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Re: "Hash URIs" and content negotiation

From: Michael Schneider <m_schnei@gmx.de>
Date: Tue, 07 Nov 2006 23:49:23 +0100
Message-ID: <45510D73.2000609@gmx.de>
To: richard@cyganiak.de
CC: semantic-web@w3.org

Hi, Richard!

Here is, what I believe. My consideration does not fully answer your 
question ("a or b?"), but perhaps it is a little help to you.

I try to think of meaningful use cases, where one wants to have both an 
HTML file and RDF data with the same base URI, and the only relevant use 
case I can see for now is, to have the HTML file as the primary object 
(some web page), with the RDF data closely related to this web page. 
E.g. in your example, it would probably be some personal homepage (that 
of John) together with some metadata and a machine readable version of 
the web page's content.

Now, AFAIK, there are actually two ways to associate RDF data with a web 
page: Either by building a "<link rel='alternate'>" to an external RDF
file, or by embedding the RDF into the (X)HTML (microformats, or RDFa in
some near future) of the web page. Note, that it is even possible, to 
combine these two techniques, and the RDF data would then be the sum of 
both parts.

If this was the situation, than I believe that there is no need for 
special handling on the server side (neither a) nor b)). Just place the 
web page at that URL ("http://.../john"), and let the client do the 
whole job:

   * If the URI was inspected by some traditional web browser,
     all it does is loading the web page (HTML), jumping to the
     given anchor (".../john#me") and render the page from this
     position on.

   * If the URI was inspected by some kind of semantic web browser,
     it would /also/ just load the HTML of the web page, then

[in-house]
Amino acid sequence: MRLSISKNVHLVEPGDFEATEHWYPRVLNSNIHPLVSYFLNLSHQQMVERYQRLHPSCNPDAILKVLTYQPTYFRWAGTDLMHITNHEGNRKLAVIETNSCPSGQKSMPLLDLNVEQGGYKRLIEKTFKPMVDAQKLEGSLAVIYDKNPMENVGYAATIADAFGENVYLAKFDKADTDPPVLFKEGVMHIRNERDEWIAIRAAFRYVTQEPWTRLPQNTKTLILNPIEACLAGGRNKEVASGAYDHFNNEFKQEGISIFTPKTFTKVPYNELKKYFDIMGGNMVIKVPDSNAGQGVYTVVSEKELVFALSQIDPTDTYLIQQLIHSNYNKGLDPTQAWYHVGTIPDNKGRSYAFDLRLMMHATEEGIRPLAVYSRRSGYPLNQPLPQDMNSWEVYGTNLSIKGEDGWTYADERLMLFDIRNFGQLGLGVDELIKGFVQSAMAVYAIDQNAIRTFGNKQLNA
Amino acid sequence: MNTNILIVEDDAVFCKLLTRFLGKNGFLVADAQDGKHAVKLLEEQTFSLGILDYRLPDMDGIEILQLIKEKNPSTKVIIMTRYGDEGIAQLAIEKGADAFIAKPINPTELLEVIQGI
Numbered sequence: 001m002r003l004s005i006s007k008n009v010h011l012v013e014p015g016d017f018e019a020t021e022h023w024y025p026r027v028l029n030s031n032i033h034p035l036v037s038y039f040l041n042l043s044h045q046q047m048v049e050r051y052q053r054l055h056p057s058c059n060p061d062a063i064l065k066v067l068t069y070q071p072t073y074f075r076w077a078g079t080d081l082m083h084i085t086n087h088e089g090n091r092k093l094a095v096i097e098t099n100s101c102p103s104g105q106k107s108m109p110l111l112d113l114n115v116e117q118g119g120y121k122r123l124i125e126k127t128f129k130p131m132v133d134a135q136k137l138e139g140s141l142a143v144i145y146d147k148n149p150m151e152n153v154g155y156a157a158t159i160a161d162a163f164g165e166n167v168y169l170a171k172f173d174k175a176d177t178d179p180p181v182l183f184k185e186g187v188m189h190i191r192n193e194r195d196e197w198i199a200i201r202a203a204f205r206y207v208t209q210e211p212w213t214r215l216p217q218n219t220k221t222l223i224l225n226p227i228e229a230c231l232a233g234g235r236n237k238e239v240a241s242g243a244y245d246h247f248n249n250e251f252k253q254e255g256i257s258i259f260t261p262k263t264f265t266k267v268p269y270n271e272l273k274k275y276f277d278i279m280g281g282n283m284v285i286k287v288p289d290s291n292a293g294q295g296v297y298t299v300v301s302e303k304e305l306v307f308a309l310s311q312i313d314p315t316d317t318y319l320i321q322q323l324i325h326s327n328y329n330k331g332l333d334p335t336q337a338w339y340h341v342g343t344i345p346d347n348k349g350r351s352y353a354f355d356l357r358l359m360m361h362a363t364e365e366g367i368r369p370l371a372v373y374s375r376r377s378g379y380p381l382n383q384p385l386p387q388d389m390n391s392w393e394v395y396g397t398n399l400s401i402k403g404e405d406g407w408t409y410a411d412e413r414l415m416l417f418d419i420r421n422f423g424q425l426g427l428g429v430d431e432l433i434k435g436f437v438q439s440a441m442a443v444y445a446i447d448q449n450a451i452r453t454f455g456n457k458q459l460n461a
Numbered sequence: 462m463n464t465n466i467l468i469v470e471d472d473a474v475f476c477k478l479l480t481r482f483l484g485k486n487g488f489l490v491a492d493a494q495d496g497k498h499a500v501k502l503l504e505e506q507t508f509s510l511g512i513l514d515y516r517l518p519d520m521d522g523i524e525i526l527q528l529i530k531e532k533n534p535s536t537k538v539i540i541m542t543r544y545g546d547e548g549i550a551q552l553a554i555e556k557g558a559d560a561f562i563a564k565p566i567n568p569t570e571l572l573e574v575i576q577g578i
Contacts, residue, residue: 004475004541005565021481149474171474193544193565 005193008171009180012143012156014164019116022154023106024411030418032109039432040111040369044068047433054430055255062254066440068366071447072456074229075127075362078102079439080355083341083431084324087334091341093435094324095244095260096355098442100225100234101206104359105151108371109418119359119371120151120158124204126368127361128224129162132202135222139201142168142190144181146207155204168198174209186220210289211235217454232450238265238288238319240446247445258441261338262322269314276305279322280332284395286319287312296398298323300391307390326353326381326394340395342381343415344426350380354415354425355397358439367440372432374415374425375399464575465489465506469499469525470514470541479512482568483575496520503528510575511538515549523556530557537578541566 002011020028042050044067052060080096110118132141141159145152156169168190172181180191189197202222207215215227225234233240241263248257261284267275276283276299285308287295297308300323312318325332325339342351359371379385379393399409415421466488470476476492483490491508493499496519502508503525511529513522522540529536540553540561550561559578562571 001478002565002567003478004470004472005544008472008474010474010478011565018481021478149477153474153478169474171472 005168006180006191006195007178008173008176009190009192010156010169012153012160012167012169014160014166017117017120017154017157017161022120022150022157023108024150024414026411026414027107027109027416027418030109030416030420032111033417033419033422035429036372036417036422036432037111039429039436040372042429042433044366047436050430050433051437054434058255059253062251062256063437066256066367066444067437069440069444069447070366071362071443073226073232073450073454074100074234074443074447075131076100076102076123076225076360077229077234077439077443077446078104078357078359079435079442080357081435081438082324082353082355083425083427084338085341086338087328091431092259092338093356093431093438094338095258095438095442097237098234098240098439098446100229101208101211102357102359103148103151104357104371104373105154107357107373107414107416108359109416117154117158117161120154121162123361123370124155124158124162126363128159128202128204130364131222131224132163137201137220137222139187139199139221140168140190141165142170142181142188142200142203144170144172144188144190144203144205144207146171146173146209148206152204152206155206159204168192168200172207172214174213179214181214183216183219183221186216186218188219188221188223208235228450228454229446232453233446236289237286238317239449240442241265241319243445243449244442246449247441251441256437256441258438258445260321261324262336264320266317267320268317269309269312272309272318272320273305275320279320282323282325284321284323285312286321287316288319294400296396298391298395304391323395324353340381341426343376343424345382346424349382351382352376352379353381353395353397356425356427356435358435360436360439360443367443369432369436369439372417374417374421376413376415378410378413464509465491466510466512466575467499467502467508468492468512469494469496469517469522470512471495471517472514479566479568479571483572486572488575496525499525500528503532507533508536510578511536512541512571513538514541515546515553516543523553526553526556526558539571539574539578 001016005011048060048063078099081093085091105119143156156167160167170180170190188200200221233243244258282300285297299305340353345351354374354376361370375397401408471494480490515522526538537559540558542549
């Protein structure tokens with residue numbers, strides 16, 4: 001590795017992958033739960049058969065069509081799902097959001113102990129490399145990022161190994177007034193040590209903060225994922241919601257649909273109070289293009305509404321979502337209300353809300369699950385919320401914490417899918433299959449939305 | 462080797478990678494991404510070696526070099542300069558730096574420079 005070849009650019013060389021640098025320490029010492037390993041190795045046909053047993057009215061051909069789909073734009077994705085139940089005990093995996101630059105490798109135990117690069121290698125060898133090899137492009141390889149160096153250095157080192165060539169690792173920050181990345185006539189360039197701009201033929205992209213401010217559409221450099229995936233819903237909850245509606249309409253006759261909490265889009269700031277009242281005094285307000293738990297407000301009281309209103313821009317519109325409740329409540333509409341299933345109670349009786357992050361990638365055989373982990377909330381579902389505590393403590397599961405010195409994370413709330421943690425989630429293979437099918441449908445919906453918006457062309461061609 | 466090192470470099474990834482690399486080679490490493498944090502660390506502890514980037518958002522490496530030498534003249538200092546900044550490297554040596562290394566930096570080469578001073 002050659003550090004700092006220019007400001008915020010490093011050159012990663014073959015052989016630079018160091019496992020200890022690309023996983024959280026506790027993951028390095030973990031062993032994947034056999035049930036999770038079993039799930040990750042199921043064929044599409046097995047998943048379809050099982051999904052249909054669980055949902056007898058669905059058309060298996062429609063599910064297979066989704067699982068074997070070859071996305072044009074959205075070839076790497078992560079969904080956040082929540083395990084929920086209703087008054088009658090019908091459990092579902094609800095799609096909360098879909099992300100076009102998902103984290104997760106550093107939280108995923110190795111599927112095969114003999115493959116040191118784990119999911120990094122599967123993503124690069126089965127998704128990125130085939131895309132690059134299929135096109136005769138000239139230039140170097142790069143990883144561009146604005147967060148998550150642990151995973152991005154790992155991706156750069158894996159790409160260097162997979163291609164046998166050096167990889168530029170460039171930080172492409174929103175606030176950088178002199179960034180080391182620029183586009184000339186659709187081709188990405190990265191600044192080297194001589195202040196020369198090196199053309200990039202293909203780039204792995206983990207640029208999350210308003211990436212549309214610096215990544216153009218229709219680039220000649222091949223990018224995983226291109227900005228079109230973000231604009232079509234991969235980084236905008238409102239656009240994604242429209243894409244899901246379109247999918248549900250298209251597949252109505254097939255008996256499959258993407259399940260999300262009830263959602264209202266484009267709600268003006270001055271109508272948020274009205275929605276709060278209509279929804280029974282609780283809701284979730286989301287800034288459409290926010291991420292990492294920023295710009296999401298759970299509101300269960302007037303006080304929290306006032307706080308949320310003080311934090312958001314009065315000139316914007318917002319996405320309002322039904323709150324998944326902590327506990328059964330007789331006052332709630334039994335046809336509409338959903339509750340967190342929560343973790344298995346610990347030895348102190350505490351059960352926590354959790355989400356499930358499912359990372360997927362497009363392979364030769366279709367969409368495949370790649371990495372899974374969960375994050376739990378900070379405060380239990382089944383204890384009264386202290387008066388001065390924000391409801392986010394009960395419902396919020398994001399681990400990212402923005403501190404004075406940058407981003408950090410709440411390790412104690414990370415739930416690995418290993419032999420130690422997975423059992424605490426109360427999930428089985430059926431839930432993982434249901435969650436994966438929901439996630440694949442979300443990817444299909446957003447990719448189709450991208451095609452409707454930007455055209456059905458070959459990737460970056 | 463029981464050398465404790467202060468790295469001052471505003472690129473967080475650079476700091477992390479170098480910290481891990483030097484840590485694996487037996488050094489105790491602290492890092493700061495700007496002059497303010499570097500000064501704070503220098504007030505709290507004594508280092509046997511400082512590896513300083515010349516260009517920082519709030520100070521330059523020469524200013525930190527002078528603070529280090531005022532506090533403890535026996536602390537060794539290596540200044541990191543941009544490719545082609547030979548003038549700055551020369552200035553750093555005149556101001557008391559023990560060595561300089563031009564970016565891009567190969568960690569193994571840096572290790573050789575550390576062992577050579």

extract the RDF (the client will of course know how to extract
     embedded RDF or follow the <link>), and finally fetch the
     RDF resource specified by URI "..../john#me".

Bye,
Michael


Richard Cyganiak wrote:

> Hi all,
> 
> One good practice for identifying non-document resources is to use  
> "hash URIs" like http://example/john#me, and to serve a description  
> at the URI obtained by taking the part before the hash, e.g. http:// 
> example/john.
> 
> Now let's say I want to serve both RDF and HTML descriptions of John.  
> That is, both formats should be available from http://example.org/ 
> john, depending on the request's Accept: header. How to do this?
> 
> a) Just return the requested type of content right at http:// 
> example.org/john
> 
> b) Redirect to two different URLs, depending on the requested type,  
> e.g. http://example.org/john.html and http://example.org/john.rdf
> 
> I notice that the SWBP Vocabulary Recipes [1] suggest b). I have a  
> hunch that a) is problematic because it's a bit ambiguous, http:// 
> example.org/john#me could refer either to John, or to an anchor  
> within an HTML page, if there's no 303 redirect in between. So, is  
> only b) allowed, or is a) fine too?
> 
> Comments?
> 
> Cheers,
> Richard
> 
> [1] http://www.w3.org/TR/swbp-vocab-pub/#recipe3
Received on Tuesday, 7 November 2006 22:50:00 GMT

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